The problem is not with an acknowledgement that morality is relative but in the intellectual laziness which fails to answer what a given moral construct is relative to.

        Let’s pick a hot-button issue where I can offend everybody: same-sex marriage. Now, a naive relativist assessment would hold that people have a right to do whatever they want if they don’t harm other people and therefore it needs to be recognized. A naive absolutist assessment might be that same-sex sexual contact is wrong, that it was wrong in Sparta, that it is wrong among tribes that ritualize it, and so forth and therefore it should not be recognized.

        But the issue doesn’t stand on its own. It fits into a large number of other attitudes. What is the relationship between marriage and procreation? To some extent that is relative to the relationship between retired parents and their children. In fact it seems no exaggeration that expectations of retirement shape expectations of marriage. In a culture where we expect children to be only there as they want to be, where the spouse is the key source of support, where childrearing is made expensive (and not very valued), and where divorce is in most of the country easy to get even if contested, can one really argue that recognizing same-sex marriage does harm? But on the other hand, what right do people have to say that is a universal truth? What right do Americans have to say to Singaporeans that their attitudes towards homosexuality are wrong, given that Singaporeans expect children to take care of their parents in retirement?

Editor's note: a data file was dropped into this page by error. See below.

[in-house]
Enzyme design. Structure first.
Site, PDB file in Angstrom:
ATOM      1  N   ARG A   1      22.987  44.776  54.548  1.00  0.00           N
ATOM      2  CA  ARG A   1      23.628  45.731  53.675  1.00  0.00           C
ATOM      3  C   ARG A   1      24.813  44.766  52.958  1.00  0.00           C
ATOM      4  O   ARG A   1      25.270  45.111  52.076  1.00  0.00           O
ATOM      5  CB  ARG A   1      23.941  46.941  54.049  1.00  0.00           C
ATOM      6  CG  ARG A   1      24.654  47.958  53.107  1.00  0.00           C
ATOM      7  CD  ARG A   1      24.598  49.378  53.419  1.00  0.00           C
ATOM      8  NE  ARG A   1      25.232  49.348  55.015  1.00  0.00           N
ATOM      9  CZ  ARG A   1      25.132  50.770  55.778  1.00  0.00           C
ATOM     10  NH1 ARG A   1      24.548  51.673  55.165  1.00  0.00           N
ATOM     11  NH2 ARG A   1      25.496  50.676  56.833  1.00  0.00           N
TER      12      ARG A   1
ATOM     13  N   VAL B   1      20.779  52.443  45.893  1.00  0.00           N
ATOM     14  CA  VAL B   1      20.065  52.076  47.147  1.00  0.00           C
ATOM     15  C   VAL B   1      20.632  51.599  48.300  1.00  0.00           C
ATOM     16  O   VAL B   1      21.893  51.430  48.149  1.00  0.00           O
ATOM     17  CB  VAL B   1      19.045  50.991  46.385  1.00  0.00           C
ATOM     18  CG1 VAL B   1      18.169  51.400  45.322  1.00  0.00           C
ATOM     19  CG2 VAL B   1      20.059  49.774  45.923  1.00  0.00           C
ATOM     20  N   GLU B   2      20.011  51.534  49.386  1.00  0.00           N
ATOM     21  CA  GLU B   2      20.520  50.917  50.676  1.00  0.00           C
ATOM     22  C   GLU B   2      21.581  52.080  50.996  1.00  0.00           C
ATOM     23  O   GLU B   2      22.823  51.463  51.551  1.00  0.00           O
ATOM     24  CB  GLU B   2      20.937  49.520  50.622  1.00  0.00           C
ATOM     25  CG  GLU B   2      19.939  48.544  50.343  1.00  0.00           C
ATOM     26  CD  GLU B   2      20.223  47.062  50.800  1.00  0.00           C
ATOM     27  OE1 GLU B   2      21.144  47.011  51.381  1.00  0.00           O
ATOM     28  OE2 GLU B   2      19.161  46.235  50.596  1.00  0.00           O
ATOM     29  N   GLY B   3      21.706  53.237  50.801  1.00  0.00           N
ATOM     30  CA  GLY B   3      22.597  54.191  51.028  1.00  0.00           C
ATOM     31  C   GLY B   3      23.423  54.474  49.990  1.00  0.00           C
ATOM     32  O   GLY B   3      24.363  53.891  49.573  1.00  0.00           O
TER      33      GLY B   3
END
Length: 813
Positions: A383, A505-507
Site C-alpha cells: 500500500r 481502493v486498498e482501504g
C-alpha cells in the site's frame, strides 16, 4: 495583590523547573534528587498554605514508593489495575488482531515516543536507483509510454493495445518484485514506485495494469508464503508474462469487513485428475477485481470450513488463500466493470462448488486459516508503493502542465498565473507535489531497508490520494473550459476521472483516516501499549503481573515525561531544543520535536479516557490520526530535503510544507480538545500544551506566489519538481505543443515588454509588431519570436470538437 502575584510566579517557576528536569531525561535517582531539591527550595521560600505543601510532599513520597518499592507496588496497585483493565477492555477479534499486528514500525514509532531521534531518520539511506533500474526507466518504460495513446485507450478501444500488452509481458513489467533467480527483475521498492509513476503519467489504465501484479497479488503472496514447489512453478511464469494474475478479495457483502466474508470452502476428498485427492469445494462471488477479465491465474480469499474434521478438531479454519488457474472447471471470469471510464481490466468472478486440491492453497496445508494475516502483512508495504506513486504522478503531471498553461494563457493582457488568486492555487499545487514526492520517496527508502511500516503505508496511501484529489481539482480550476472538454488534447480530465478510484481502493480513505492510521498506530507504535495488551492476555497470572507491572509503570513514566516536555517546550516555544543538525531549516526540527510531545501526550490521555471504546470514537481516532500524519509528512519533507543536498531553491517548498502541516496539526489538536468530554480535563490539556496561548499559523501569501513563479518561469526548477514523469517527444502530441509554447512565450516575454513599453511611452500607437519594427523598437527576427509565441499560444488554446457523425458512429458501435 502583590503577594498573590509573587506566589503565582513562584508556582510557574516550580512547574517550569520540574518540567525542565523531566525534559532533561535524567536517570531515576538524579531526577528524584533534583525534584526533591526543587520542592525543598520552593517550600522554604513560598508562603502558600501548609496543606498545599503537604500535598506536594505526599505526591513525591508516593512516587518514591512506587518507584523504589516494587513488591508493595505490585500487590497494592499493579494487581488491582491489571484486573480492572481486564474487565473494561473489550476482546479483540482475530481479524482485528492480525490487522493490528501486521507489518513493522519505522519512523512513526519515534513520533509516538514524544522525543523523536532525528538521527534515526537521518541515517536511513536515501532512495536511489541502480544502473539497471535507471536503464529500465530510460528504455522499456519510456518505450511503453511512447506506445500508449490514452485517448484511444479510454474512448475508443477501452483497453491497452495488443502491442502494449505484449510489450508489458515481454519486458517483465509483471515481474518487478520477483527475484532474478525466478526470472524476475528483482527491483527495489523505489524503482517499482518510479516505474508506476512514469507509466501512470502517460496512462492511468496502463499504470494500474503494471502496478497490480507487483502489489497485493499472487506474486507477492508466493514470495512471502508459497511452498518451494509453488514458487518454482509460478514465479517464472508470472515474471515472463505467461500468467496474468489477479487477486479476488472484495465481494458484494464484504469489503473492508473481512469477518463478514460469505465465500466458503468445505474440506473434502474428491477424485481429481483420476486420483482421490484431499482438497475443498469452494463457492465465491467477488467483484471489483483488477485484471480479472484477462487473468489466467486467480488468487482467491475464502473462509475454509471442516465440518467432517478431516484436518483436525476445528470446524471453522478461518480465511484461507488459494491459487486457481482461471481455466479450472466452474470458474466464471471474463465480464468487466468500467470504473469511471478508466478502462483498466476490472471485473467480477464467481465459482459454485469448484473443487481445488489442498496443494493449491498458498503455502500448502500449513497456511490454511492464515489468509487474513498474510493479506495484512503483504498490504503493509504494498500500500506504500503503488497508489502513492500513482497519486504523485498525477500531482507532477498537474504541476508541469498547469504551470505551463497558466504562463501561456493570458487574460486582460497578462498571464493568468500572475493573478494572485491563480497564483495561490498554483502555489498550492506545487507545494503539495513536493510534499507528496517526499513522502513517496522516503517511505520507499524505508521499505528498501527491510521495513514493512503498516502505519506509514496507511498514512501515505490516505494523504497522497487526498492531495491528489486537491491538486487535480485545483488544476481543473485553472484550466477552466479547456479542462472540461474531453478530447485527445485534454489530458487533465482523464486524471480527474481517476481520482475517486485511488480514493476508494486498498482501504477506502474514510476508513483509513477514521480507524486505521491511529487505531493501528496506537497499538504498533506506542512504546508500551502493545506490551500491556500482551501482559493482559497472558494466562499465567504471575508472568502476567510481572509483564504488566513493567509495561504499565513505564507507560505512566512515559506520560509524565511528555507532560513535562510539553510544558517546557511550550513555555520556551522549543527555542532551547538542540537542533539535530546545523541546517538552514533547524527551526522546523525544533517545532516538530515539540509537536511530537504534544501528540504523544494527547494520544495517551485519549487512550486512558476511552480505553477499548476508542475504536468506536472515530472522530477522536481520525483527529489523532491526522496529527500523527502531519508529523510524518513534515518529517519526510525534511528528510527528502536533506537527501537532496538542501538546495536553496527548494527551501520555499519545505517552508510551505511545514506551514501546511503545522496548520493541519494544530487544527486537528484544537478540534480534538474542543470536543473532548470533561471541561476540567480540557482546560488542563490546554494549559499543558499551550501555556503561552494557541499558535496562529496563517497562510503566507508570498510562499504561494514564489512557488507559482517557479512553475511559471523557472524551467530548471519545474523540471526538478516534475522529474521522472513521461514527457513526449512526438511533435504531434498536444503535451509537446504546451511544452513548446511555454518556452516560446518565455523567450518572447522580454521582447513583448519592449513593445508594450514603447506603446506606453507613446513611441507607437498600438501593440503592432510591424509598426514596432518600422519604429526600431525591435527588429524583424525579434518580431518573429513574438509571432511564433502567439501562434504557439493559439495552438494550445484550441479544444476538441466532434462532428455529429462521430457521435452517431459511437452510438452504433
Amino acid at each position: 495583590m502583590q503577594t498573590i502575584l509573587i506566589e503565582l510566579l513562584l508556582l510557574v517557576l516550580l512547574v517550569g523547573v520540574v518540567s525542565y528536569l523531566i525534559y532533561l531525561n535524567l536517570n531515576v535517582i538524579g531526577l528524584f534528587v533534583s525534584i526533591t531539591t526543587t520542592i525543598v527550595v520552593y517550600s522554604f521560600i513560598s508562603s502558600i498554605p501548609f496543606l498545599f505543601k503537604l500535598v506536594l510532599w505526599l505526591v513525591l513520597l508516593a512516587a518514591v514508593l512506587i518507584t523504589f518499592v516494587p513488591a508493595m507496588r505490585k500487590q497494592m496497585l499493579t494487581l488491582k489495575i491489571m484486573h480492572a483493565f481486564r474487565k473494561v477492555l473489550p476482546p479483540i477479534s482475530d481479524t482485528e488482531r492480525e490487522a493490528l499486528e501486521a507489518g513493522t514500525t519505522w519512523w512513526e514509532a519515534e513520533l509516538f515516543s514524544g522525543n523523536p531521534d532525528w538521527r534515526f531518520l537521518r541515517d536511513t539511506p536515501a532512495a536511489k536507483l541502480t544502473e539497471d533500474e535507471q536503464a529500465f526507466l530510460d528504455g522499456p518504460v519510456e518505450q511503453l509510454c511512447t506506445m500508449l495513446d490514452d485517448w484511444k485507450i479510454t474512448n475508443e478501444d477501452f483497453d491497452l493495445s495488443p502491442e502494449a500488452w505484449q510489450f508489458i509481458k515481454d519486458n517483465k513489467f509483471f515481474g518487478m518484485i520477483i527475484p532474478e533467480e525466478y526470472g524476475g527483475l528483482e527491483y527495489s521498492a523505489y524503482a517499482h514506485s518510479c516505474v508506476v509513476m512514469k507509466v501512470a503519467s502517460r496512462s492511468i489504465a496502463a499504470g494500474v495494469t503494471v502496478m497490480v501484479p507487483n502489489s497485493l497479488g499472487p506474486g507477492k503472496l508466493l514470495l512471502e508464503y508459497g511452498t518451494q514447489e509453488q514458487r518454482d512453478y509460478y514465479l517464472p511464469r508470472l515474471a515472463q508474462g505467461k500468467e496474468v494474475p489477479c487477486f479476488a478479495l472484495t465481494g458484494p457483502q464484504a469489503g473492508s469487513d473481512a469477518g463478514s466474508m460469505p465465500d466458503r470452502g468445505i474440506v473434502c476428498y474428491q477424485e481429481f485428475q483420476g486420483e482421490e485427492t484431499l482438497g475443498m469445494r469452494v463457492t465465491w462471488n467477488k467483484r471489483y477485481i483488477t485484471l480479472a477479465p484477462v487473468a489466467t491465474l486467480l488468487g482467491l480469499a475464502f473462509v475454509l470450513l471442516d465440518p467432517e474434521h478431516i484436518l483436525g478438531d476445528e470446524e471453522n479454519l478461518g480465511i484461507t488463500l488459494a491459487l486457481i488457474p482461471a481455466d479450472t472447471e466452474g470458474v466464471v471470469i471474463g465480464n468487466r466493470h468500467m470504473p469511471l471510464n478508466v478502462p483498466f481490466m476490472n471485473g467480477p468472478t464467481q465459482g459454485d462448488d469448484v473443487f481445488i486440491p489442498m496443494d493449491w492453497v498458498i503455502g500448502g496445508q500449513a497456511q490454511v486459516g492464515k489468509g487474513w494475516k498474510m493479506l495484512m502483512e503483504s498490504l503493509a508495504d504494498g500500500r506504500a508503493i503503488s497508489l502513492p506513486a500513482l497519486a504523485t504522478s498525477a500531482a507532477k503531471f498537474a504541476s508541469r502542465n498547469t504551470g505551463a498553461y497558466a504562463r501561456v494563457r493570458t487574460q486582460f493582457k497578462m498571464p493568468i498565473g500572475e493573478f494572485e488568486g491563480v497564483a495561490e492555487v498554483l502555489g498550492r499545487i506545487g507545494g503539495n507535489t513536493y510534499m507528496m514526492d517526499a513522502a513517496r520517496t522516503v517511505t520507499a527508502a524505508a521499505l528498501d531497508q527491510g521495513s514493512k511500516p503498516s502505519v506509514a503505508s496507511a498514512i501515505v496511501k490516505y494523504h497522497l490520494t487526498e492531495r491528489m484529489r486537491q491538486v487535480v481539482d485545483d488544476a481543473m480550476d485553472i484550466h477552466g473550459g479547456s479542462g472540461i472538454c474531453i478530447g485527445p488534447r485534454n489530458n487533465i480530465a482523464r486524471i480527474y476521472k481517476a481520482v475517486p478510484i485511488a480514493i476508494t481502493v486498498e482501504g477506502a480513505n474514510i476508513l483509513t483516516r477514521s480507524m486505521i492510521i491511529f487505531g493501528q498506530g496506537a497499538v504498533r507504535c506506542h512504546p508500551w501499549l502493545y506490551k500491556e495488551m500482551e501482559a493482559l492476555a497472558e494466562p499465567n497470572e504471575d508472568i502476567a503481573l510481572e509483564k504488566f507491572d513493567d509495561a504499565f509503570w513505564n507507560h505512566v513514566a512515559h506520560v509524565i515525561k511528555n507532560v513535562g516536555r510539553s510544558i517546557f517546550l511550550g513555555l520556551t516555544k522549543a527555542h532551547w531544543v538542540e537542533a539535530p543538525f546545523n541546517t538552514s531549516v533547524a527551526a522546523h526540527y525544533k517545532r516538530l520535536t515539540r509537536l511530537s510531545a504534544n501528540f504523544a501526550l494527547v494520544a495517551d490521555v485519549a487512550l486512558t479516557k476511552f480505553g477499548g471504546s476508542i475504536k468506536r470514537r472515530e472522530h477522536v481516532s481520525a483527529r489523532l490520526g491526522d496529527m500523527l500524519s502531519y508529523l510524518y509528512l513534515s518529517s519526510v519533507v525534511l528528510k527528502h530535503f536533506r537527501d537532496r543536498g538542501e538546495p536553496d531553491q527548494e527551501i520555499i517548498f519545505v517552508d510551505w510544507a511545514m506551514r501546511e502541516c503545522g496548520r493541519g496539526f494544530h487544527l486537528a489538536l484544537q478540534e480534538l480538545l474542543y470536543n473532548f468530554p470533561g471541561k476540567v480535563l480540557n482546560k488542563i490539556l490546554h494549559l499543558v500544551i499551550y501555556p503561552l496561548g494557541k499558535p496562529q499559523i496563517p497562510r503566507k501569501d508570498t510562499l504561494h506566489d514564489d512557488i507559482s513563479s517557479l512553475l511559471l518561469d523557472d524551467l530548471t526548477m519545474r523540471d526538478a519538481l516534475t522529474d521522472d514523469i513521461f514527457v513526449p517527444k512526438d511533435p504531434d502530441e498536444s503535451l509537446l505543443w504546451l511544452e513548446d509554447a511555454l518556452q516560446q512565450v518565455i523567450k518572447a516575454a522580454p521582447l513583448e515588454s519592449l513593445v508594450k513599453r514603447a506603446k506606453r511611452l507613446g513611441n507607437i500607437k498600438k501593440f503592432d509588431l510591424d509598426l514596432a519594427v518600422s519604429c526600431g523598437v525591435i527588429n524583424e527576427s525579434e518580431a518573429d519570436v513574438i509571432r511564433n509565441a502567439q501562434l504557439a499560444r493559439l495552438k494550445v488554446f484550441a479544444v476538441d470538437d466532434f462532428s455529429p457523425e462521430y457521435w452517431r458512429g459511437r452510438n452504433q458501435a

Understanding how the issues link together cross-culturally prepares us to better understand what the options are in our own culture. Will we continue a shift towards isolated individualism, perhaps making it harder to have children in the name of gender equality? Or will we start to try to rebuild those bonds between parents and children that in most societies are the most fundamental bonds that society is built on? From this viewpoint same-sex marriage isn’t an issue at all. The argument is (and needs to be about) the general shape of society.

      • Chris Travers

        I think rape is actually a very bad example. The problem is that what constitutes rape, how it is defined, and how it is addressed societally, very much is a matter of social construction. This is because consent is also socially constructed. This is why you have such variety in the US over laws regarding how rape is defined. There may be commonality (and for reasons of social imperatives) but there is also remarkable variety. That there are social imperatives to criminalize rape does not mean that the specific forms of the laws exist are highly relative to culture.

        Regarding genocide, there’s an important principle involved here, which is that issues between ethnic groups needs to be solved between ethnic groups, just as problems between families, and the necessity of their solution, gives rise to the Polis in Aristotelian thinking. Attitudes towards genocide may indeed be relative but that doesn’t mean that you aren’t going to see groups of cultures come together in collective self-defence.